Frank Cowell: EC426 26 Climate: model background Evasion decisions affect outcomes in two ways each persons outcome affected by own choices (as before) also affected by evasion of others (independently of public goods) Nature of the consumption externality aggregate evasion affects utility moral climate? Utility of an a-type is Va(e,E) where e: Own evasion activity E: aggregate evasion In principle there are two subcases: 1 where aggregate E increases utility 2 where aggregate E reduces utility Focus on case 2 13 February 2012 Frank Cowell: EC426 27 Interaction: model behaviour

utility The Evasion-Utility Space Payoffs if act honestly Payoffs if act dishonestly Check incentive to switch Dominant behaviour Find equilibrium V (0,E) a Va(y,E) 0 13 February 2012 Y

E* aggregate evasion E Check stability min E = 0, max E = Y low E : individual switches to 0 high E: individual switches to y E < E*: switching decreases E E > E*: switching increases E Three equilibria: E = 0 (stable) E = E* (unstable) E = Y (stable) Frank Cowell: EC426 28 Overview... Tax Compliance

Introduction A utilitarian approach Basic model Extensions Policy Basic model & extensions Strategic interaction 13 February 2012 Frank Cowell: EC426 29 Utilitarian enforcement problem Basic behavioural model taxpayer maximises expected utility Eu(c) = Eu([1 t] y + r te) y: taxable income t: proportionate tax rate e: concealed income r : rate of return to evasion (= s with prob p, 1 with prob 1 p) Outcome of basic model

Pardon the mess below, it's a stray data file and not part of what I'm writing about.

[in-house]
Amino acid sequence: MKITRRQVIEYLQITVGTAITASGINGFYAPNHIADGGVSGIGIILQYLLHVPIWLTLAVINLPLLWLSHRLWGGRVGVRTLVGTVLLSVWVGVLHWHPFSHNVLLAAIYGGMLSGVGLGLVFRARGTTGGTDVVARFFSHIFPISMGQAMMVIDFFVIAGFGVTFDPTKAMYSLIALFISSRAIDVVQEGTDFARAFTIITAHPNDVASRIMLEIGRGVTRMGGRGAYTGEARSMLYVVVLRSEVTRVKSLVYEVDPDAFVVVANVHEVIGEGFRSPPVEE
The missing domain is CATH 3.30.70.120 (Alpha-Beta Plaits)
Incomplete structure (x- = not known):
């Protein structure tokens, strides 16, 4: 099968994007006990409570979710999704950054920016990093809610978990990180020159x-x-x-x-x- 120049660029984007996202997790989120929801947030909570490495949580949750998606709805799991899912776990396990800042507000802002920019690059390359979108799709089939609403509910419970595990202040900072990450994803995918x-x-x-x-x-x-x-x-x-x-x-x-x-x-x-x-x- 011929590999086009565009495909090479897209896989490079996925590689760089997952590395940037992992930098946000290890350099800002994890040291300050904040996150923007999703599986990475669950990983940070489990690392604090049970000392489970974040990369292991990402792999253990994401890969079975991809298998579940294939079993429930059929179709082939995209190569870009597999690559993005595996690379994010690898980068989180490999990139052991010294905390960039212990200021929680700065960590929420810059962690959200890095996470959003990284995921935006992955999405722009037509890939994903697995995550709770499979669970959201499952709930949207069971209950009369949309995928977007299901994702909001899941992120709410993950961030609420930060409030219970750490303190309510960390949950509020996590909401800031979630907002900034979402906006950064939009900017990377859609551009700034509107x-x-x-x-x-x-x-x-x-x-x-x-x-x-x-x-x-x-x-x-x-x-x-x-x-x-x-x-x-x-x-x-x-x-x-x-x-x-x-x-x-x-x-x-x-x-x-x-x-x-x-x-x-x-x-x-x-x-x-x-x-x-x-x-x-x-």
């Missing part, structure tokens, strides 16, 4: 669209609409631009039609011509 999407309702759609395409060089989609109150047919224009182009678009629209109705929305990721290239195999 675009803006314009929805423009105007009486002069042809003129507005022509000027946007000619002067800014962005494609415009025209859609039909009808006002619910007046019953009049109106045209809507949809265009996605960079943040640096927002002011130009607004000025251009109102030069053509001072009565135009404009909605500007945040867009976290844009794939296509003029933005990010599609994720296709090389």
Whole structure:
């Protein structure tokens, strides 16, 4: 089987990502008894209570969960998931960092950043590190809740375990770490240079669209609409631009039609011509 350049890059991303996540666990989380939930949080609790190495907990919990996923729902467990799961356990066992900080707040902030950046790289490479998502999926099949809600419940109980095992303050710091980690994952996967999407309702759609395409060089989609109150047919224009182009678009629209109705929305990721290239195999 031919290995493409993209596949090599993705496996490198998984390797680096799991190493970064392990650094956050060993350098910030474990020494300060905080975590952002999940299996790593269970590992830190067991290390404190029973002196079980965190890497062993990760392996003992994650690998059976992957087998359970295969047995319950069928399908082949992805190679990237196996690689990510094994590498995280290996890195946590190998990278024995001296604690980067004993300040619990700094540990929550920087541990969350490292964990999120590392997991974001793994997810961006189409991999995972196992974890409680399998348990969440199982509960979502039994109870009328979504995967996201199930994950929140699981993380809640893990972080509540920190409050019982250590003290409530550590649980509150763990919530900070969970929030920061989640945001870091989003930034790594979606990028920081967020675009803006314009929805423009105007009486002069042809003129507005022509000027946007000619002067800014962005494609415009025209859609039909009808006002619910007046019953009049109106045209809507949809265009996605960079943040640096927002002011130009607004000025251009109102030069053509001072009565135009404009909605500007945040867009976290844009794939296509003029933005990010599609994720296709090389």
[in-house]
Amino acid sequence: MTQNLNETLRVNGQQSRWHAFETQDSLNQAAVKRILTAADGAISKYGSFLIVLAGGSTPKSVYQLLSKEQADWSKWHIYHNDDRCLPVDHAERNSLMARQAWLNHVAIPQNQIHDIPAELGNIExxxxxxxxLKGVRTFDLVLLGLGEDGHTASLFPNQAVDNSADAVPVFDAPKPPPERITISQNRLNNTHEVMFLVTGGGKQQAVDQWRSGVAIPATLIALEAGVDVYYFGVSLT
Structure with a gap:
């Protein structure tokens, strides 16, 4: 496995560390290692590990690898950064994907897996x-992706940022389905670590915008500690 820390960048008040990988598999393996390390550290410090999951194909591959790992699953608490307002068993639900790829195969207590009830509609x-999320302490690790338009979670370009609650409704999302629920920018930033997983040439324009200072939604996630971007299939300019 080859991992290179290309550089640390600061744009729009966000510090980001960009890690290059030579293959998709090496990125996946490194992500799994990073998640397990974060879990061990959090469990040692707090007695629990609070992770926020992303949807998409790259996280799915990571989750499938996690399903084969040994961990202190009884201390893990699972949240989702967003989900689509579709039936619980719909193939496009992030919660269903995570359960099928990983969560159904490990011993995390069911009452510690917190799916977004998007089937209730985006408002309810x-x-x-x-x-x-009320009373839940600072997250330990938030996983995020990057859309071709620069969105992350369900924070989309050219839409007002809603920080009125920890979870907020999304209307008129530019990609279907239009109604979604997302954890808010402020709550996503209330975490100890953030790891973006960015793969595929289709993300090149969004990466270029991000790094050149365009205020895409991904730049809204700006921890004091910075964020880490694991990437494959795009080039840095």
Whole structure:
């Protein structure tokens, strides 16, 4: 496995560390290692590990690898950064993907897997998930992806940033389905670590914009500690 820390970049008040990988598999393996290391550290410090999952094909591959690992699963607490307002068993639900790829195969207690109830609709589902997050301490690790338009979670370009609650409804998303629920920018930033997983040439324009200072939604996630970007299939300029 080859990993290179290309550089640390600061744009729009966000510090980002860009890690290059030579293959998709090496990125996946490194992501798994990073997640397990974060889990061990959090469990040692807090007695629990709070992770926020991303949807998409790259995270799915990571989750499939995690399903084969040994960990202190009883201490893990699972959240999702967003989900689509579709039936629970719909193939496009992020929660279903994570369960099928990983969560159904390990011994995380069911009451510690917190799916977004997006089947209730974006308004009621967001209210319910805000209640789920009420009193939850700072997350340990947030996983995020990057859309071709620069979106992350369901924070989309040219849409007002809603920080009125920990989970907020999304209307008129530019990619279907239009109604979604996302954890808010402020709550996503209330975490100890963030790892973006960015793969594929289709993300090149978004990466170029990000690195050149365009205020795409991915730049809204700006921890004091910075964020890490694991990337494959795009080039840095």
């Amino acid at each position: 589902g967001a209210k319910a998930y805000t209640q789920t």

determines optimal evasion response e* = e(p, s, t; y, a) depends on tax parameters (p, s, t) and personal characteristics (y, a) Welfare model Take expected utility of representative taxpayer as welfare criterion W = [1 p] u([1 t] y + te) + p u([1 t] y ste) Should evasion be eliminated? t fixed : dont eliminate evasion p fixed: eliminate evasion p, s, t all variable: no solution 13 February 2012 Frank Cowell: EC426 30 Optimal degree of enforcement? Take a standard welfare-economics approach choose the optimal p, given fixed s, t Basic utilitarian model homogeneous population simple revenue target a type of cost-benefit approach to enforcement Individual (slightly extended) income: y = wh consumption: c = [1 t]y + rte leisure: = 1 h

utility: u(c, ) Government/tax authority enforcement cost per taxpayer: f(p) revenue requirement: `R expected revenue leakage per tax dollar: `r =1 p ps budget constraint: twh [1 p ps]t e(t, w) f(p) `R / n Utilitarian model, homogenous population objective function: v(t, w) = max Eu(c, ) Lagrangean: v(t, w) + l [twh [1 p ps]t e(t, w) f(p) 13 February 2012 `R / n ] Frank Cowell: EC426 31 Choosing p for given (s,t) fp Probabilities, costs and benefits Marginal cost of audit Marginal benefit of audit Bp Optimum investigation effort